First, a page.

Seattle Parks seeks feedback for the Washington Arboretum Environmental Education Center
Seattle Parks and Recreation will be gathering community feedback on preferred programming and preliminary designs for a new environmental education center in the Washington Park Arboretum on Wednesday, December 5.
SPR project manager Susanne Rockwell said the park’s master plan originally proposed to move Arboretum Drive from the west side of the Graham Visitors Center to the east, adjoining Broadmoor Golf Course. An environmental education center would then have been set up just west of the visitor center. The Master Plan Implementation Group decided not to follow that plan, Rockwell said, choosing to take inspiration from the famous Olmsted brothers who designed the arboretum.
There are three design concepts for the community to weigh in during a pre-design meeting from 6:30-8 p.m. on Wednesday, December 5 at the Visitors Center, 2300 Arboretum Drive E.
The proposed site for the education center is south of the visitor center. Approximately 10,000 square feet of space is what SPR plans for the education center. One of the preliminary designs features a two-stage concept, Rockwell said.
The project is made possible through private donations and endowments through SPR’s partnership with the University of Washington Botanical Garden, which owns the arboretum’s plant collection, and the Arboretum Foundation. The two groups invested $200,000 for the pre-design study and architectural firm Mithun was selected through a request for proposals to assist with this phase of the project.
Rockwell said no taxpayer funding will be used for the project.
SPR is also planning to expand parking around campus from 49 spaces to 98.
Representatives from Mithun, UW Botanic Gardens and Arboretum Foundation will be at the December pre-design meeting to discuss with attendees programming needs that would meet the master plan, Rockwell said, as well as options for the location of the center. education: One option would be to relocate the maintenance barn, another would place it next to the visitor center, and the third option would place the facility slightly south of the Pat Calvert greenhouse; the greenhouse is planned to be moved in each scenario. It is currently used as an indoor classroom.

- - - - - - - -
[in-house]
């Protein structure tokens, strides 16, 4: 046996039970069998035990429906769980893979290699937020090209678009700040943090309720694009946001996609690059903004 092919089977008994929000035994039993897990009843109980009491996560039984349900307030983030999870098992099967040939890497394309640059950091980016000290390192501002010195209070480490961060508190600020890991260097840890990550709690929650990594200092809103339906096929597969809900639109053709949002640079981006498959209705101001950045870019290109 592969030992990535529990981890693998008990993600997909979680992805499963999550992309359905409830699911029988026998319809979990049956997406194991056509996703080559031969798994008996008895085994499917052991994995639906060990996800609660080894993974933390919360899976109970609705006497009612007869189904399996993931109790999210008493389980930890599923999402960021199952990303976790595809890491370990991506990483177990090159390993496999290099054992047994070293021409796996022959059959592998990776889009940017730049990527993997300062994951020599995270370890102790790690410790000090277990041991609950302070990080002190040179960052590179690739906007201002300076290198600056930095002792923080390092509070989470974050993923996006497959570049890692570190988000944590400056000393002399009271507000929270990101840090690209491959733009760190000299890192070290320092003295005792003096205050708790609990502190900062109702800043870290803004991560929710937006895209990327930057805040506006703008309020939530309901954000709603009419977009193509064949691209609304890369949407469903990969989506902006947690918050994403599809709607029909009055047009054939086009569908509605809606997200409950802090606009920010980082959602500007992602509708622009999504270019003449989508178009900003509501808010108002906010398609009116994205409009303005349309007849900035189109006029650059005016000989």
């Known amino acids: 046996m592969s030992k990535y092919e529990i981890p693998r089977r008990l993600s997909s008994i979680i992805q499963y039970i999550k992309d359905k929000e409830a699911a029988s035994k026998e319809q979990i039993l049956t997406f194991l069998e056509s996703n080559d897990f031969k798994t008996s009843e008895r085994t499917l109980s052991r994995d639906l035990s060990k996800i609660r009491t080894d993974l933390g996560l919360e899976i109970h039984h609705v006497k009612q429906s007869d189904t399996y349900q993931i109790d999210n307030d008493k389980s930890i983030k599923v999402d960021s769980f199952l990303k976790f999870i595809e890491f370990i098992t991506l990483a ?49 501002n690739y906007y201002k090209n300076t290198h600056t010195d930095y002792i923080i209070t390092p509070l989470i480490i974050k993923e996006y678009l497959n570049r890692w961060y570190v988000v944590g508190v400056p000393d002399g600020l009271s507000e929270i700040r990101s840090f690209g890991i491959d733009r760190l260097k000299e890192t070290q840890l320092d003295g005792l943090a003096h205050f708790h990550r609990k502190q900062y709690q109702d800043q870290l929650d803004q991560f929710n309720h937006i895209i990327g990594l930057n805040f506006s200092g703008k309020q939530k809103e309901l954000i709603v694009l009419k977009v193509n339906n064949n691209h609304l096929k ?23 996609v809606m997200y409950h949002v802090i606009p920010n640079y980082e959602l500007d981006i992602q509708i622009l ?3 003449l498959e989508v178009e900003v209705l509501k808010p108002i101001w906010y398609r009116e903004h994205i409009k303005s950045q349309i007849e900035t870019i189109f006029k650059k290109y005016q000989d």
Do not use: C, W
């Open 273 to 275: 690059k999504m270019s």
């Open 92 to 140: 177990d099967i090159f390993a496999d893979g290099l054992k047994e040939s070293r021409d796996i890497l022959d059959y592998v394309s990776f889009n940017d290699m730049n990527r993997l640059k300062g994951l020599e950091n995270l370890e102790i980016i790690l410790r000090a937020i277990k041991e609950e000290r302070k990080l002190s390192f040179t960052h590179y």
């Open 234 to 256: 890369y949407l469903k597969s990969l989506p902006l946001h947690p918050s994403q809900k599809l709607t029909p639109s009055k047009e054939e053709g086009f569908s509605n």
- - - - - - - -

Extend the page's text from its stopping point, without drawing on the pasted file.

“They don’t really go into detail about the layout or any of that,” Rockwell said of the goals for the Dec. 5 meeting.
Once the costs are known, a fundraising campaign to finance the construction will begin. The master plan calls for training 20,000 students each year in non-academic classes.
“I anticipate it will be a few years before they have all the funding in hand,” Rockwell said.
SPR does not intend to impact the UW plant collection.
“There are trees, one of the areas we are looking at with the old nursery. They had planted trees, and some of them grew,” Rockwell said, adding that all significant trees would be moved. “But we’re not touching anything from the collection, which I think is the most important thing.”
The environmental education center will have to meet LEED gold standards, but SPR also aims to qualify for the Living Building Challenge green building certification program.
Rockwell said the environmental sustainability of the center will be an educational opportunity in itself, and the green stormwater infrastructure will also prevent untreated runoff from entering Duck Bay as it does now.
“It’s really about looking at what the needs are, how big does the building need to be to meet the needs of the education program, and then really knowing what the fundraising campaign should be,” Rockwell told about the next meeting.
While Mithun prepares the pre-design study of the projectRockwell said another RFP will be issued for a final design architect.
The further south the center is from the visitor center, the more costs there will be for additional utilities.
“Right now, utilities stop at the Graham Visitors Center, and there’s no fiber optic cable,” Rockwell said.